In this third edition of Slone Partners’ new interview series on executive and workplace diversity, we’re delighted to present an exclusive interview with Jacqueline Kosecoff. As one of the most experienced and accomplished leaders in the managed healthcare field, Jacqueline Kosecoff is truly a pioneer in the industry. Having earned her Ph.D. at the University of California, Los Angeles, Kosecoff has served in a variety of important roles at some of the nation’s top health care, diagnostics, and drug development companies. At the beginning of her career, she helped found and lead Private Equity-back companies, including Value Health Sciences and Protocare, and then later served as Executive Vice President of PacifiCare and CEO of OptumRx at UnitedHealth Group. Dr. Kosecoff is a seasoned corporate executive and board member with a unique depth of knowledge in health services and technology.

Dr. Kosecoff also has an academic background, having served as Professor of Medicine and Public Health at the University of California, Los Angeles.

Today she serves as a Managing Partner of Moriah Partners and a Senior Advisor at Warburg Pincus, a private equity investment firm. She sits on the board of directors of several public companies: Houlihan Lokey (NYSE: HLI), Sealed Air Corporation (NYSE: SEE), STERIS Corporation (NYSE: STE), and TriNet (NYSE: TNET). Kosecoff is also an active member of the board of directors of several private companies: Alignment Healthcare, GoodRx, InformedDNA, Intelligent Medical Objects, Prolacta Bioscience, SOC Telemed, and Virgin Pulse.

Slone Partners: With your decades of experience as an executive leader in the healthcare industry, what shifts, if any, have you noticed in terms of women assuming leadership roles in the industry? Are you encouraged by the recent trends you are seeing? Do you feel there is still more work to be done to ensure that women are fairly represented in top positions throughout the industry?

Jacqueline Kosecoff: Today there is a heightened awareness of the value women offer in the C-suite and boardrooms. This is a very encouraging trend, but we must be careful to ensure that it continues. I was in a board meeting where we were discussing with our CEO the profile for a new Board member. He announced that we did not need to consider gender as we already had two female board members. I cannot imagine the same being said if there were just two males on the board.

Slone Partners: You sit on numerous boards, representing women in life sciences and healthcare, where it is acknowledged that women are underrepresented. California passed a law in 2018 that requires publicly-traded companies with headquarters in the state to have at least one female board member. Do you see greater female representation today than before and if so, how do you see that shifting the conversation and the ways in which boards make decisions?

Jacqueline Kosecoff: I think it is wonderful that shareholder groups are demanding greater diversity on boards. I worry that legislating diversity might devalue women’s participation. We must ensure that women are not offered a “female” slot but valued equally with all other board members for the skills and experience they can offer.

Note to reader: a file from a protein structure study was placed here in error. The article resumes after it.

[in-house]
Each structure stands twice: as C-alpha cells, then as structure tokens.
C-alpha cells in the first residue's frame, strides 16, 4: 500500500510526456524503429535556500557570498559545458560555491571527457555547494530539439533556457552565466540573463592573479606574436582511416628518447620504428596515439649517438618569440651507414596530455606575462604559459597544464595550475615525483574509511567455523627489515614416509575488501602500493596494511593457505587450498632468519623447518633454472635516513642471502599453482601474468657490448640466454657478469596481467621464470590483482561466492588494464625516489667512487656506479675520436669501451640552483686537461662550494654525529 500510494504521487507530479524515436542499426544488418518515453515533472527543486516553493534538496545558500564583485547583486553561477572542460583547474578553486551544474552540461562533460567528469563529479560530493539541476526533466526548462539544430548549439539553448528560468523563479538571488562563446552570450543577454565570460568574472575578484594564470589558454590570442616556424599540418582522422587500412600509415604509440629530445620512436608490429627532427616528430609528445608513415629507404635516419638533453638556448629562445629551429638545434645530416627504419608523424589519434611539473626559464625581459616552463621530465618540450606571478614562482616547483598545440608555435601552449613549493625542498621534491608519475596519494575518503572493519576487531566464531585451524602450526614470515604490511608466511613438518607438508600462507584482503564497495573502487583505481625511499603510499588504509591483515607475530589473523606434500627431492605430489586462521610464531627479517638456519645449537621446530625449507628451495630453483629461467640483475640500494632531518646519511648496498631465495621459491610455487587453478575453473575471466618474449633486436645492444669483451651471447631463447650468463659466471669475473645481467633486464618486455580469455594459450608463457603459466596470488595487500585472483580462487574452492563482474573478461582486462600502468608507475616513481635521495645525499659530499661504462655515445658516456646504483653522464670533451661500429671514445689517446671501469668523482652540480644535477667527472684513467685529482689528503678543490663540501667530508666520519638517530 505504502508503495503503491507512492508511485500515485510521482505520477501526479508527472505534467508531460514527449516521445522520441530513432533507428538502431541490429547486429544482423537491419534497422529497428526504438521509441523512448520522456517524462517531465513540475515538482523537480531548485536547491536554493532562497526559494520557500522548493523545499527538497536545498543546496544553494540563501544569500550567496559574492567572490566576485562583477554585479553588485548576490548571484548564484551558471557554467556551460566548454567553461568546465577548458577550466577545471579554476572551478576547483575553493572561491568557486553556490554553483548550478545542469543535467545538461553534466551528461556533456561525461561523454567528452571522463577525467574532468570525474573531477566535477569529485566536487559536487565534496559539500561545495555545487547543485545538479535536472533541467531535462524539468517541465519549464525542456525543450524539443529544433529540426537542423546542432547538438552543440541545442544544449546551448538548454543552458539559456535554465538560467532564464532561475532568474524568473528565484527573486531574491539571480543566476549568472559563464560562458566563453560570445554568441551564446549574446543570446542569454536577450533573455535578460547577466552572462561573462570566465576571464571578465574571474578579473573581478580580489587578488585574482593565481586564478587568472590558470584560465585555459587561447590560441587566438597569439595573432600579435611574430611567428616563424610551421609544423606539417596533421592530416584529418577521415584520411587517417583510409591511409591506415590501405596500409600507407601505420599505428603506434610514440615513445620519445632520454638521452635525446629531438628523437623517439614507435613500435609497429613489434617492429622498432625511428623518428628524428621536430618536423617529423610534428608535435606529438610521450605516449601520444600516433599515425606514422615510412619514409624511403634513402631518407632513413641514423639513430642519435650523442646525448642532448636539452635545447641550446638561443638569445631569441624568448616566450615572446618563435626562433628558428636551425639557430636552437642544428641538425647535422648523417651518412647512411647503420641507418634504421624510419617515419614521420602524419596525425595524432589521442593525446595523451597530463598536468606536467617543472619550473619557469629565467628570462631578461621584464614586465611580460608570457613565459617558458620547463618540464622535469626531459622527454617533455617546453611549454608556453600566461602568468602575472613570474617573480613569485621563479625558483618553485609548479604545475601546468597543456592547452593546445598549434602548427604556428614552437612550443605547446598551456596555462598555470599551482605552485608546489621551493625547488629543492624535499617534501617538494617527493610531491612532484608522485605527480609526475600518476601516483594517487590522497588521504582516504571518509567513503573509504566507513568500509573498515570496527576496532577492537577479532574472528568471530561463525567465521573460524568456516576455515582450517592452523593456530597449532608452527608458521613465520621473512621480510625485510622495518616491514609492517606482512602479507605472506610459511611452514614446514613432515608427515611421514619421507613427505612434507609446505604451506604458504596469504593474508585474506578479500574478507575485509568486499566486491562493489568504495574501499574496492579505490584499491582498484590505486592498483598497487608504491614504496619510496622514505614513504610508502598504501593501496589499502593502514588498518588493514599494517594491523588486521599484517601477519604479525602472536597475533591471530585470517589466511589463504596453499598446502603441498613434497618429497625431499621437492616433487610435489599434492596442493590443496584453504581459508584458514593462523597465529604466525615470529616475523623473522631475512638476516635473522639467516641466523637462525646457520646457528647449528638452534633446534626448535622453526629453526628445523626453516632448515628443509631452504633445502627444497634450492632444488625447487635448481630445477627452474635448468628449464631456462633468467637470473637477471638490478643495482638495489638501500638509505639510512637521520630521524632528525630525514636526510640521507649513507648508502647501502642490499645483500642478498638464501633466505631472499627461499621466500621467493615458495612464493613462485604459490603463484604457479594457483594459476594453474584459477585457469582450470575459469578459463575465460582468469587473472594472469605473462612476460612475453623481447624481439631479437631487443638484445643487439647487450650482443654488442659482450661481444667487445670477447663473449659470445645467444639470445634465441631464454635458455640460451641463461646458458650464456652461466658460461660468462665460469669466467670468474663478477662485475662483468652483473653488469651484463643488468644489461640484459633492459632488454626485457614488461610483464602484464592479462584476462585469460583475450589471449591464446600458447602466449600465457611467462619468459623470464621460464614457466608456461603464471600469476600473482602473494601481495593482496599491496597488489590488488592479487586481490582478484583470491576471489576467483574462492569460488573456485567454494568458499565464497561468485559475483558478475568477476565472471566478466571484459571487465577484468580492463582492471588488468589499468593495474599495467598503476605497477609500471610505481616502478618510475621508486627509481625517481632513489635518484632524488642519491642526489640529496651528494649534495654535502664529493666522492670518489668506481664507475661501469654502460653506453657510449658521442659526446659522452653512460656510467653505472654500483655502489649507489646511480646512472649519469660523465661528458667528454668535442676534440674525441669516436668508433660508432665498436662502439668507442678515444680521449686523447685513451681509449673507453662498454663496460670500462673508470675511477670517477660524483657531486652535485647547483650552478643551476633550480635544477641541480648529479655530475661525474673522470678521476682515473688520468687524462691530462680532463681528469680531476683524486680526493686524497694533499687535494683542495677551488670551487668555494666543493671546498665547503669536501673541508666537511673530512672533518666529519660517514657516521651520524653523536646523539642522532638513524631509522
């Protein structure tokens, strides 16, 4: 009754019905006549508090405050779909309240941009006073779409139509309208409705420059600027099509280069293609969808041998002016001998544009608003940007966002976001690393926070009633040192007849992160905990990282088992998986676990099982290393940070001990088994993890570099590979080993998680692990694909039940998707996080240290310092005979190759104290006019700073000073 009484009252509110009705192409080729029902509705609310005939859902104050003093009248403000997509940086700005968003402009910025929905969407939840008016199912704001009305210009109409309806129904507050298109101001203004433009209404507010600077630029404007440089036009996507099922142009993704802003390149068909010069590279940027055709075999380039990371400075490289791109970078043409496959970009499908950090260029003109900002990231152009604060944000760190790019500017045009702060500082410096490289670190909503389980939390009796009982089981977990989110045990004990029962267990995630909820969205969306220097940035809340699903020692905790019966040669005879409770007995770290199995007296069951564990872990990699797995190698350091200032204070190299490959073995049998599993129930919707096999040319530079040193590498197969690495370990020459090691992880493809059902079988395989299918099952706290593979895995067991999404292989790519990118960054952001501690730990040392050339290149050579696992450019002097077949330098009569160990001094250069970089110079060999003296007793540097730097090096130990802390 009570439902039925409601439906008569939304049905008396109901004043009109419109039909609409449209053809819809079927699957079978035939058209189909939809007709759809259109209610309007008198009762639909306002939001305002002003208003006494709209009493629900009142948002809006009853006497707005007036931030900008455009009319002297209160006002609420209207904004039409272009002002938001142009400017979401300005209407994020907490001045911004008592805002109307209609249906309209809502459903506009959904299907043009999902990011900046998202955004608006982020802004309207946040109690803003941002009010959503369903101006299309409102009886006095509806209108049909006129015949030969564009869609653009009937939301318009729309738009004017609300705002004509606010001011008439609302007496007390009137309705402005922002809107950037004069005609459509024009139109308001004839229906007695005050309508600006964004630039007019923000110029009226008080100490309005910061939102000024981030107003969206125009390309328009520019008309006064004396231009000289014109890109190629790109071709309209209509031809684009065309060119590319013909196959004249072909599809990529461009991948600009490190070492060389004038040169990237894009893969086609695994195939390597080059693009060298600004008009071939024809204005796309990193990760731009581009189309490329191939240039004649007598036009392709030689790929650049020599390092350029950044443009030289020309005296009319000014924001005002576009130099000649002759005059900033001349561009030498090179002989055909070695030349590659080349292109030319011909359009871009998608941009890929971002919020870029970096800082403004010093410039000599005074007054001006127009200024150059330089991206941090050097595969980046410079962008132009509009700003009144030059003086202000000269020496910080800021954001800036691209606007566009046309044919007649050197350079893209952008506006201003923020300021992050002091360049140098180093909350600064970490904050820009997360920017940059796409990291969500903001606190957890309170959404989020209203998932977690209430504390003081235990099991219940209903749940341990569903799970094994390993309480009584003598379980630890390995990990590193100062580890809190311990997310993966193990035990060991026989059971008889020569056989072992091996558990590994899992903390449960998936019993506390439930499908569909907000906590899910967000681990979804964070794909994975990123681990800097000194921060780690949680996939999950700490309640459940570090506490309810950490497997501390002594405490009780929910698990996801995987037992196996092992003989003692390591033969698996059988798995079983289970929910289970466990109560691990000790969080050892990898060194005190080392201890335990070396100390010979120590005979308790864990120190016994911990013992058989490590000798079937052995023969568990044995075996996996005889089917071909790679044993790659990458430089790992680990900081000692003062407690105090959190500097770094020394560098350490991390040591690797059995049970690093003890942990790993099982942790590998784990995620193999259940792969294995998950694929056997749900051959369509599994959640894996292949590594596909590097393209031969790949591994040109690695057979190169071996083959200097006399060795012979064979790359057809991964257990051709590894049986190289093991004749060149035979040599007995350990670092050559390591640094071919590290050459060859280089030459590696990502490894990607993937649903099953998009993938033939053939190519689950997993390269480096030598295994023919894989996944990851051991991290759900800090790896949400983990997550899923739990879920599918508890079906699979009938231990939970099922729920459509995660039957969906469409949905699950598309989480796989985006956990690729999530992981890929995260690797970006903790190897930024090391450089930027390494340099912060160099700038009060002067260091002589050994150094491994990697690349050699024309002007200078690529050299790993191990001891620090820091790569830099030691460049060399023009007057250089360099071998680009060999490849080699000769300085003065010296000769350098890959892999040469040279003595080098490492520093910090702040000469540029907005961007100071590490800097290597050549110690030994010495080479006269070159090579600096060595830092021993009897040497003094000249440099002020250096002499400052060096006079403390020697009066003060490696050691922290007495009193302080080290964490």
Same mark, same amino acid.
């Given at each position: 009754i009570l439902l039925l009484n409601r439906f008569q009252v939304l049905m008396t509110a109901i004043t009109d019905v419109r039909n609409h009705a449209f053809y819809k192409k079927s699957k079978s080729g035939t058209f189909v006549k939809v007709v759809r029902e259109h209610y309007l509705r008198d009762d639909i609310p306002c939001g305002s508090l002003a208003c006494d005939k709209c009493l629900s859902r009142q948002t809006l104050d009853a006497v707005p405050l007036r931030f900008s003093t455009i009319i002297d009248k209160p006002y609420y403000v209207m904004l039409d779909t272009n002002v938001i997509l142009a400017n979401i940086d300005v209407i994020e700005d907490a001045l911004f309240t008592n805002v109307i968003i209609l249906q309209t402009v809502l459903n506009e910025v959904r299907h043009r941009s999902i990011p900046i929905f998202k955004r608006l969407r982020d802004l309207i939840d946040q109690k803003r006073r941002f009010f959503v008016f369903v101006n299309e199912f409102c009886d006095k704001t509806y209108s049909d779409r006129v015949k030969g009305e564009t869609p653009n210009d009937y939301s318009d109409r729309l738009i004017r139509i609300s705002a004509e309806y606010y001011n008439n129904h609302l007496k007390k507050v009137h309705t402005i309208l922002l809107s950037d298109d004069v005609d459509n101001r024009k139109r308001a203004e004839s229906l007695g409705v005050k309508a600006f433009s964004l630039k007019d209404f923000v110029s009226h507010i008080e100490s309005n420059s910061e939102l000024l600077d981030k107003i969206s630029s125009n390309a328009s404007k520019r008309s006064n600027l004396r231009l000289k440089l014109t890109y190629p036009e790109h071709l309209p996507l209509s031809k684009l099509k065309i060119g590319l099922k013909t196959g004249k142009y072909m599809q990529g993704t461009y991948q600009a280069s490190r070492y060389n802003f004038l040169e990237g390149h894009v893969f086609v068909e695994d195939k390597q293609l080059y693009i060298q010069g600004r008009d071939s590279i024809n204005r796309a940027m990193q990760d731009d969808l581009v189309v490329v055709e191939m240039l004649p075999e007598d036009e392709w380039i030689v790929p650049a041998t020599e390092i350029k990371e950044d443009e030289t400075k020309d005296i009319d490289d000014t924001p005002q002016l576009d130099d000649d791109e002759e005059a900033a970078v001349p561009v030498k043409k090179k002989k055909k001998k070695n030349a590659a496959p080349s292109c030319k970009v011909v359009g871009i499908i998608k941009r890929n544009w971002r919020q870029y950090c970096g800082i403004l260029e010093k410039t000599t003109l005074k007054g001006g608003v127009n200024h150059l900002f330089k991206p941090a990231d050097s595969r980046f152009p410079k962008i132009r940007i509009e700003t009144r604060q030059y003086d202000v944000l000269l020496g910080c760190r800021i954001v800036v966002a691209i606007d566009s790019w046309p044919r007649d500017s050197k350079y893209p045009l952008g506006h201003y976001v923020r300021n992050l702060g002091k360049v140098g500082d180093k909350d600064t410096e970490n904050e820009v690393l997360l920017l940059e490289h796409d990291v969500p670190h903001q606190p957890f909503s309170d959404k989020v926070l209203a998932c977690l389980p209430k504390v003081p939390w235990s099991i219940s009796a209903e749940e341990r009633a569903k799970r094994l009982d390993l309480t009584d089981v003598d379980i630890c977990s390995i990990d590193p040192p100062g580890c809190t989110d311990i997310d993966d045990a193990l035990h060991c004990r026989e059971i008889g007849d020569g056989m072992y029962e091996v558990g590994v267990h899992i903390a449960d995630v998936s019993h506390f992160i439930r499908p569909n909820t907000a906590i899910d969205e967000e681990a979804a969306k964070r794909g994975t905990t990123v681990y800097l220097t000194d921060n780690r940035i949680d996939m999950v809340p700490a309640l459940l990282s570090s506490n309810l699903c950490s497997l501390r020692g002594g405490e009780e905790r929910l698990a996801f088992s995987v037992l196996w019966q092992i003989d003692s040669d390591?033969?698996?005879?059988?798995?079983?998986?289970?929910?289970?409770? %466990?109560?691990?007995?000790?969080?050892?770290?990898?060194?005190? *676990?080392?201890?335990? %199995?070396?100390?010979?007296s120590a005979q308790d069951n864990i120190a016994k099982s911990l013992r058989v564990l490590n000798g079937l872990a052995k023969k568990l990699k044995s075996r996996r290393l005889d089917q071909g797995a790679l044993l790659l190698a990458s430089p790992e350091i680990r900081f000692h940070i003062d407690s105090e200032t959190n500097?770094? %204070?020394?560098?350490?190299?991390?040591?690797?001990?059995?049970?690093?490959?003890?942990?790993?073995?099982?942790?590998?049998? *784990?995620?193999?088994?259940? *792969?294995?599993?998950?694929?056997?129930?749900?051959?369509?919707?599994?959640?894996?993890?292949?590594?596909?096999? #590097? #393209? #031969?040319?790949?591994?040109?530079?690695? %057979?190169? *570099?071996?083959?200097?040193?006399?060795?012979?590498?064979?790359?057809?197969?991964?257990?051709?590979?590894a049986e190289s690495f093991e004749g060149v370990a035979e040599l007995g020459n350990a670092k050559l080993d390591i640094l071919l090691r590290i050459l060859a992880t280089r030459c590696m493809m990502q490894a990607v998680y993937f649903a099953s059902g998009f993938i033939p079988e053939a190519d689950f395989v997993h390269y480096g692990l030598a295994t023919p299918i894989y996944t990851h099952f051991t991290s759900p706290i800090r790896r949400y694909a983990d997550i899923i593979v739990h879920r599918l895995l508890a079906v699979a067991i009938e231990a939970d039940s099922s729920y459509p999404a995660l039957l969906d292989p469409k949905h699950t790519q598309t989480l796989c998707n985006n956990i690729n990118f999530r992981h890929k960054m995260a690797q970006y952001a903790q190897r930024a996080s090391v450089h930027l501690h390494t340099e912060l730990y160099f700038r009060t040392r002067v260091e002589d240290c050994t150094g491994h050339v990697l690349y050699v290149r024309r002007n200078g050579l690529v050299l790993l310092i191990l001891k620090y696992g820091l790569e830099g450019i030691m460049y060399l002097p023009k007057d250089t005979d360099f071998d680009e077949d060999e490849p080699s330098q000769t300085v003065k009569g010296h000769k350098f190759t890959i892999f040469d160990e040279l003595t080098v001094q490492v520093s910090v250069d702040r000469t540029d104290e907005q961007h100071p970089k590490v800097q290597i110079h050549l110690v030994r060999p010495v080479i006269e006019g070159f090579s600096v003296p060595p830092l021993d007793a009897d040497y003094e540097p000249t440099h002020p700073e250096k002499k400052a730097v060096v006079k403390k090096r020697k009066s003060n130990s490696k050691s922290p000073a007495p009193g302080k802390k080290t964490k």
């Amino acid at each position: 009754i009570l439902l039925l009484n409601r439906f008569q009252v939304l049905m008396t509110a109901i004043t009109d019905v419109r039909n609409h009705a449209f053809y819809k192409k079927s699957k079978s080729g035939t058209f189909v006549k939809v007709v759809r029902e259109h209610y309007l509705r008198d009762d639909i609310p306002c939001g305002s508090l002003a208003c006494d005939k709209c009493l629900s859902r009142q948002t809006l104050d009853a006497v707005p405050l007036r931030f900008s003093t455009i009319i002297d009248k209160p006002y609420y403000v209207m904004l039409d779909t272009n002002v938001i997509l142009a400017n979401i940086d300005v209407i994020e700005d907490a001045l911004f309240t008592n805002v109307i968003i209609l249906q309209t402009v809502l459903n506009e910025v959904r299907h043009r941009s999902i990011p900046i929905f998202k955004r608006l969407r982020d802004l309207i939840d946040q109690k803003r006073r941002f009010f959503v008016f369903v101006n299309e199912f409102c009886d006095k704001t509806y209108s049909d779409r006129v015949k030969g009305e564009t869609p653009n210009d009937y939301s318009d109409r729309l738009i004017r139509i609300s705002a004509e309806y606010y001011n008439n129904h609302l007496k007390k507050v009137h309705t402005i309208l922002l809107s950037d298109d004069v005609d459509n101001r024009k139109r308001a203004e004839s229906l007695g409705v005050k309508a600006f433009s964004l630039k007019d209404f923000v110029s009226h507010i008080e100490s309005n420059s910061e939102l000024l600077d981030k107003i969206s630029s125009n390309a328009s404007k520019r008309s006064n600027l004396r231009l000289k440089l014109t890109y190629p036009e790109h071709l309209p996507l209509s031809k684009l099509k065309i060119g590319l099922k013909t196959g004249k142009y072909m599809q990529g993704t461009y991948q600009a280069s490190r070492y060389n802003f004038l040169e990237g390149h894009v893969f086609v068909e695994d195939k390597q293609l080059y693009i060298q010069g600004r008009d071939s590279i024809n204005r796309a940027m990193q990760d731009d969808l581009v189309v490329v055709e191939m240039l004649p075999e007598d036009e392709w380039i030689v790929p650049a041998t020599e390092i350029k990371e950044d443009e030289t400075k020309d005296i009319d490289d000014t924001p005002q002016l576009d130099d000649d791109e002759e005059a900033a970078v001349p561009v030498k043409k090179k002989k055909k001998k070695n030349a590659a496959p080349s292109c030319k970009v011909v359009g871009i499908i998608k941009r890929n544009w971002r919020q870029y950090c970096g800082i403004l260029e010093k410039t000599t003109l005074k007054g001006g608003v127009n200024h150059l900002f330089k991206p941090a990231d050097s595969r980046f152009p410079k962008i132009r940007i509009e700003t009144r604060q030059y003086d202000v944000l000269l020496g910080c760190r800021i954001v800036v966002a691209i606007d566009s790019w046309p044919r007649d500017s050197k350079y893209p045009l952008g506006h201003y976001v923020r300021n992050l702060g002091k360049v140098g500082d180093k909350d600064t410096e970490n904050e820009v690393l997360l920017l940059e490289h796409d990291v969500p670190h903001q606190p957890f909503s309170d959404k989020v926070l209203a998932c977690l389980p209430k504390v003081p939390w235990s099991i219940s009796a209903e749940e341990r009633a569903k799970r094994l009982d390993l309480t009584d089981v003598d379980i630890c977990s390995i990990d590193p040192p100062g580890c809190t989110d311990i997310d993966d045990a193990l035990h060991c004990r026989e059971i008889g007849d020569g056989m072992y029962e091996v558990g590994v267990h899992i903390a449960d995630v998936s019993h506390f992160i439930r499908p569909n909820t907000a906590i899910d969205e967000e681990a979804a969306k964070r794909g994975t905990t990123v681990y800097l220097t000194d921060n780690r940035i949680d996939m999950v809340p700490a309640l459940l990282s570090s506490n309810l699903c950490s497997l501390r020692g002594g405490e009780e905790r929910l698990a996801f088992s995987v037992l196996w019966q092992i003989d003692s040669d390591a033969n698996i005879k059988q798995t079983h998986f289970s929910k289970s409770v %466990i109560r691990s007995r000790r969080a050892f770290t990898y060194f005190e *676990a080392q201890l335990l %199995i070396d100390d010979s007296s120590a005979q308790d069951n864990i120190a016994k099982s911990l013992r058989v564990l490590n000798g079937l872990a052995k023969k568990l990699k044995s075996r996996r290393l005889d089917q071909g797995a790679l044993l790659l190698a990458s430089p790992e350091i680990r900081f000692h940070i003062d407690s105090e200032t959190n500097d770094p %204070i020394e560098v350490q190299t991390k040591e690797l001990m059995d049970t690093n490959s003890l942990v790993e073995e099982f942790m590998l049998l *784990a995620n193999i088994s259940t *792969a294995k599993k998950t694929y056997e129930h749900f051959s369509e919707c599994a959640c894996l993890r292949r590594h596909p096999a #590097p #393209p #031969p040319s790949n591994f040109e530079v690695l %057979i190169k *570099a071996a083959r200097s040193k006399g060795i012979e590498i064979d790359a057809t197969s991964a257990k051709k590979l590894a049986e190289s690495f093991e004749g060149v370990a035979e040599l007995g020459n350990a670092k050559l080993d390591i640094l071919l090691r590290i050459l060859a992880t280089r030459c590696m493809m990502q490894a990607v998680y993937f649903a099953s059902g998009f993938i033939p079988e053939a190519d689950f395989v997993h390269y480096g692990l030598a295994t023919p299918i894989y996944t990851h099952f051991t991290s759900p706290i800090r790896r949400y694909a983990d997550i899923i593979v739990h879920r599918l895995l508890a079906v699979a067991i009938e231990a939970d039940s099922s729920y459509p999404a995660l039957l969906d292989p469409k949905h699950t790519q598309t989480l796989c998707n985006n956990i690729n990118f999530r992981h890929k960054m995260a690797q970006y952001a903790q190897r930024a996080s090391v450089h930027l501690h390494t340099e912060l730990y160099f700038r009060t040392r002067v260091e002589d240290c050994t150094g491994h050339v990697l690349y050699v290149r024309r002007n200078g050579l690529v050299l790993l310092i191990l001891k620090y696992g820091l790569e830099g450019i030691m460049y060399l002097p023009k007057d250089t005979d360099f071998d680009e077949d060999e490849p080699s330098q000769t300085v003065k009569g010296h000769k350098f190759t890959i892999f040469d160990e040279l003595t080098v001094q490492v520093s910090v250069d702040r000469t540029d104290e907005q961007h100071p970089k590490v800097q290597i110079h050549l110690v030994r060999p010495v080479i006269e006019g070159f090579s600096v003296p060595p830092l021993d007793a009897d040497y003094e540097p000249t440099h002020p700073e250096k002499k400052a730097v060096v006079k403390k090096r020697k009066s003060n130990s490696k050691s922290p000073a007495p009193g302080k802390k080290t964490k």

Slone Partners: Much has been written about the ‘glass ceiling’ in the life sciences and other STEM occupations. Please explain the ways in which this phenomenon has impacted you during the course of your career?  How have these personal experiences influenced your maturity and effectiveness as a leader?

Jacqueline Kosecoff: In my career, I worked very hard to get the C-suite jobs I thought I deserved. This was much more difficult than negotiating pay once I got the job. I understand that is not everyone’s experience and recommend that all companies annually conduct studies to understand the representation of diverse employees at all levels, as well as pay-fairness. I always request to see the results of those studies when I sit on a board.

Slone Partners: The COVID-19 crisis has proven to be an extraordinary challenge and opportunity for life sciences companies on the front lines of research, testing, and drug development. In your opinion, how has the industry responded to this moment and what role can it play in helping mitigate the impacts of future pandemics?

Jacqueline Kosecoff: I am heartened to learn that many companies are working together to find cures and vaccines. We must work collaboratively and not competitively to defeat Covid. And, once these cures and vaccines are available, the public deserves accurate information about how well they perform as well as affordable pricing and widespread availability.

Slone Partners: What advice do you have for young female life science professionals as they begin to find their place in the industry?

Jacqueline Kosecoff: Take the time to explore what type of job interests you.

  • Do some soul searching and make sure that you will be great at these jobs. Too often we want a job and are not suited for it.
  • Make sure you understand the nature of the job including time commitments, travel, and all the associated responsibilities.
  • Determine the skills needed to get that job and ask for opportunities to acquire those skills.

Slone Partners: What are the things you make time for in your personal life that bring you the most happiness?

Jacqueline Kosecoff: The most important things in my life are family and friends. One of the worst parts of Covid is not being able to spend in-person time with them. I try to compensate through socially-distanced visits or by using Zoom, but it is not the same. I am an avid reader and enjoy several books every week. I treasure spending time with family and friends in Maui, which is truly a nature-lover’s paradise. Finally, my husband and I are (were) regular travelers and enjoy seeing new places and cultures. One of my favorite trips ever was to Antarctica with a group of friends.